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Reynolds aluminum foil, a product of Alcoa, Inc., is shown in 2006 file photo. (DON RYAN/AP)
Reynolds aluminum foil, a product of Alcoa, Inc., is shown in 2006 file photo. (DON RYAN/AP)

Novelis sale to Reynolds could lead to job cuts Add to ...

Canadian employees of the consumer products division of Novelis Inc. fear their jobs and the Alcan brand of aluminum foil that dominates Canada’s store shelves will disappear in another blow from the globalization that has pulverized the country’s manufacturing sector.

The worries have arisen because Novelis sold its consumer products division, which includes foil making factories in Toronto and Burnaby, B.C., and three distribution centres, to competitor Reynolds Consumer Products Inc.

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Reynolds manufactures a competing product to Alcan foil called Reynolds Wrap, and employees worry the U.S-based consumer products giant will shut the Canadian operations and supply Canadian stores from U.S. plants.

The Novelis division has about 200 Canadian employees, most of whom work at a factory in western Toronto. Unionized workers at that plant are paid more than $20 an hour. “This is a plant that should not be closed down,” said one employee. “These people should not lose their jobs.”

The takeover by Reynolds comes amid a flurry of high-profile plant closing announcements in the past month in the food industry and elsewhere in the Canadian manufacturing sector that will eliminate almost 2,000 well-paying jobs.

The closings have been driven by corporate restructurings by multinational companies based outside Canada, high costs in Canada and the invisible hand of globalization.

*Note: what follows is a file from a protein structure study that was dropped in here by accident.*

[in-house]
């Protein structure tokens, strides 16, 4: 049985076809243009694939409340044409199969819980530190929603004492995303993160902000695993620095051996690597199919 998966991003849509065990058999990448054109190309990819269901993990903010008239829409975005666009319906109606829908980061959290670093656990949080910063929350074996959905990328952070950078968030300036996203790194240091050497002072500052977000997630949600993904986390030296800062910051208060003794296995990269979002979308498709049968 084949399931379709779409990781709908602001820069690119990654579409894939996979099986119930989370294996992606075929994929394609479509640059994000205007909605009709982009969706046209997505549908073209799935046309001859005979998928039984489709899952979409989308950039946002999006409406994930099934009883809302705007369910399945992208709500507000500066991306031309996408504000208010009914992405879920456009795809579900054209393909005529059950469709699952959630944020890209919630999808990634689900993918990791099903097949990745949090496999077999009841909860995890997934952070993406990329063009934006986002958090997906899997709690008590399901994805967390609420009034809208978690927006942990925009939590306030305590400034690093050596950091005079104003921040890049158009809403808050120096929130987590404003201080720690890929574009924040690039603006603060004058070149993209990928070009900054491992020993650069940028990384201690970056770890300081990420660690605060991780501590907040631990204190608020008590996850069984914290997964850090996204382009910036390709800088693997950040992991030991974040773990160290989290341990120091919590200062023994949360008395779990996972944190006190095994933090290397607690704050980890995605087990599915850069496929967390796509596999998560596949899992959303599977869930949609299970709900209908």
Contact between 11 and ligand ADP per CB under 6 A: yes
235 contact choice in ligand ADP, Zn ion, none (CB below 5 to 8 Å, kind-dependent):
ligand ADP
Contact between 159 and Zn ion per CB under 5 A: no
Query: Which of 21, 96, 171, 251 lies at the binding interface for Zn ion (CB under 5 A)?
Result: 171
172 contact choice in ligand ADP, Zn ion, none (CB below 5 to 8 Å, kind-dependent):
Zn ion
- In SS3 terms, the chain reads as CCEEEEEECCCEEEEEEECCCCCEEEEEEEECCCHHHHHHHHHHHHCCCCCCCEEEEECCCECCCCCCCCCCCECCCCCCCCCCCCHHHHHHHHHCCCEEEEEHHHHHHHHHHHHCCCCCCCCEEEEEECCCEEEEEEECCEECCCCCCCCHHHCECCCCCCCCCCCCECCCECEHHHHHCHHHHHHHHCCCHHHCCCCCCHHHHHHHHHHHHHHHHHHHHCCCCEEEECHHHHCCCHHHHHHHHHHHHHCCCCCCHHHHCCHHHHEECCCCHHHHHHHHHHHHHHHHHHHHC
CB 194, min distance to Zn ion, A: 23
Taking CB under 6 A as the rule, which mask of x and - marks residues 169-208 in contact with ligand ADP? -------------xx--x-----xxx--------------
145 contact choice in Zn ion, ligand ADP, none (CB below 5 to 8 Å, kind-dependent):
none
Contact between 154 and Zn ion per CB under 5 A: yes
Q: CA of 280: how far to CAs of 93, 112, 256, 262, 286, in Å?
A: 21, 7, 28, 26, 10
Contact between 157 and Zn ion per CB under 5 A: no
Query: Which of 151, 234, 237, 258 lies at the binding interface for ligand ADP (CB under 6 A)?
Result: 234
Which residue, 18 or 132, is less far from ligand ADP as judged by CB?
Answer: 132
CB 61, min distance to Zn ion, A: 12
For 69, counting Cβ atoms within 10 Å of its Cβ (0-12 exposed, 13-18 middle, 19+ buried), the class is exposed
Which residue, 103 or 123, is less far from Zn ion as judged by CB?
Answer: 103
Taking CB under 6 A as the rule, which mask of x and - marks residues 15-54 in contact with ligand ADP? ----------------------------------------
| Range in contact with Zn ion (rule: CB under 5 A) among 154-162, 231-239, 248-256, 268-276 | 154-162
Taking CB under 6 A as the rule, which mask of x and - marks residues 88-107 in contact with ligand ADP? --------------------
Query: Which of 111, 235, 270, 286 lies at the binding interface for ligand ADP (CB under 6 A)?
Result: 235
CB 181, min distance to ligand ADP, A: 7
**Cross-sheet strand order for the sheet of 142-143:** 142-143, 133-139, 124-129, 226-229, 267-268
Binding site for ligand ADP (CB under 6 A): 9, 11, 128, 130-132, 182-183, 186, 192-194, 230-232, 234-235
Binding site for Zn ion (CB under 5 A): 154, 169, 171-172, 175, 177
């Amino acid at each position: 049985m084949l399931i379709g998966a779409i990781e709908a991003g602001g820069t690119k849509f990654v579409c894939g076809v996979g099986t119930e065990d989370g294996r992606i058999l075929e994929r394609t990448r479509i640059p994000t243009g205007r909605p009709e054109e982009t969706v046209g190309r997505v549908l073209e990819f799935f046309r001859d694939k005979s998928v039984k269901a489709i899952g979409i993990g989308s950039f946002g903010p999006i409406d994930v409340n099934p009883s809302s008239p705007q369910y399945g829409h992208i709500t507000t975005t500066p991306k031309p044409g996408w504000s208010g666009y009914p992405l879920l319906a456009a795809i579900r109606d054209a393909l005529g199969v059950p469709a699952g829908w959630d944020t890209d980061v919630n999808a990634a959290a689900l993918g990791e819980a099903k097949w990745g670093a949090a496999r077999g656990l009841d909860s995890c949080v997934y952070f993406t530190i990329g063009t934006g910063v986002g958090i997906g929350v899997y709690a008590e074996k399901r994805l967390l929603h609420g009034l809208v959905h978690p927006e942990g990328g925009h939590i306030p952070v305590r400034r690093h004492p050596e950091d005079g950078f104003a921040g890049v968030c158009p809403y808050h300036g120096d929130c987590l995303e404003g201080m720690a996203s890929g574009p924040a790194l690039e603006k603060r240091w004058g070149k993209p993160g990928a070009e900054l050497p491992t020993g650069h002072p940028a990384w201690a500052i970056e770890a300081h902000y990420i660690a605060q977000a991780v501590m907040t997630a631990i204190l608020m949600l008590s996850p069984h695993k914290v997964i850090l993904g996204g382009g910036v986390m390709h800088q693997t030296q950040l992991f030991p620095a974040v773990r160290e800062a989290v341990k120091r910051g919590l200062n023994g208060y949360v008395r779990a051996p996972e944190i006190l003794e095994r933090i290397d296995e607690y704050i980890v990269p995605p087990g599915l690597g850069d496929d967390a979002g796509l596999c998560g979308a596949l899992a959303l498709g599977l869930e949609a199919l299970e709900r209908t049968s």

The journey of the Novelis operation into the hands of Reynolds is a quintessential tale of globalization. The consumer products division of what was then Alcan Inc. was spun off as Novelis in 2005 amid anti-trust concerns after Alcan purchased rival Pechiney SA of France.

In 2007, Alcoa Inc. launched a hostile bid for Alcan that eventually led to the takeover of one of the handful of Canada’s global champions by Rio Tinto PLC, which agreed to license the Alcan name for aluminum foil to Novelis. That same year, Hindalco Industries Ltd. of India bought Novelis. A year later, Alcoa sold its Reynolds consumer products business, which includes Reynolds Wrap, to Rank Group Ltd., the private investment company of New Zealand billionaire Graeme Hart.

The deal to sell the Novelis operations to Reynolds has not closed yet, but the prospect of Reynolds closing Canadian plants – as it has done before – also worries former employees.

“I hope sincerely that this is not going to be a case of an old, well-established Canadian company being shown the door again and some other foreign company coming in,” said Jack Cullen, who was a production manager at the Toronto plant before retiring in 2002. “The ongoing battle between us and Reynolds over the years has been tremendous. We thought that we’d well and truly vanquished them from the scene.”

Alcan foil dominates the Canadian market, but the products are also exported to the U.S. market and sold at Costco and Wal-Mart outlets. Alcan foil occupies the main shelf space at the Sobey’s about two kilometres from the west Toronto plant and at Loblaw, Costco, Target and Metro stores nearby. Reynolds Wrap is the name brand at Dollarama and Home Hardware stores in a nearby mall.

Novelis said in announcing the $35-million (U.S.) sale last month that the business, which includes BBQ Buddy and Bake-King foil products, is successful, but “is not core to the growth strategy of Novelis.”

Novelis spokesman Neil Hirsch would not say whether the word “successful” means the unit is profitable. Sources said it is profitable.

The deal is subject to scrutiny by regulators, which Mr. Hirsch said includes approval by competition authorities.

Reynolds refused to comment on questions submitted to the company through an outside public relations firm. Lance Mitchell, the company’s chief executive, did not respond to a voice mail message left on his phone at the company’s head office in Lake Forest, Ill.

Reynolds operated a plant in west Toronto that it sold to aluminum food container maker Penny Plate Inc., of Haddonfield, N.J. Penny Plate closed the plant in 2008, eliminating 119 jobs.

Sources said Reynolds also closed a plant operated by its Pactiv division in Toronto.

Novelis closed its Saguenay, Que., works in 2012 and a research and development centre in Kingston earlier this year.

Follow on Twitter: @gregkeenanglobe

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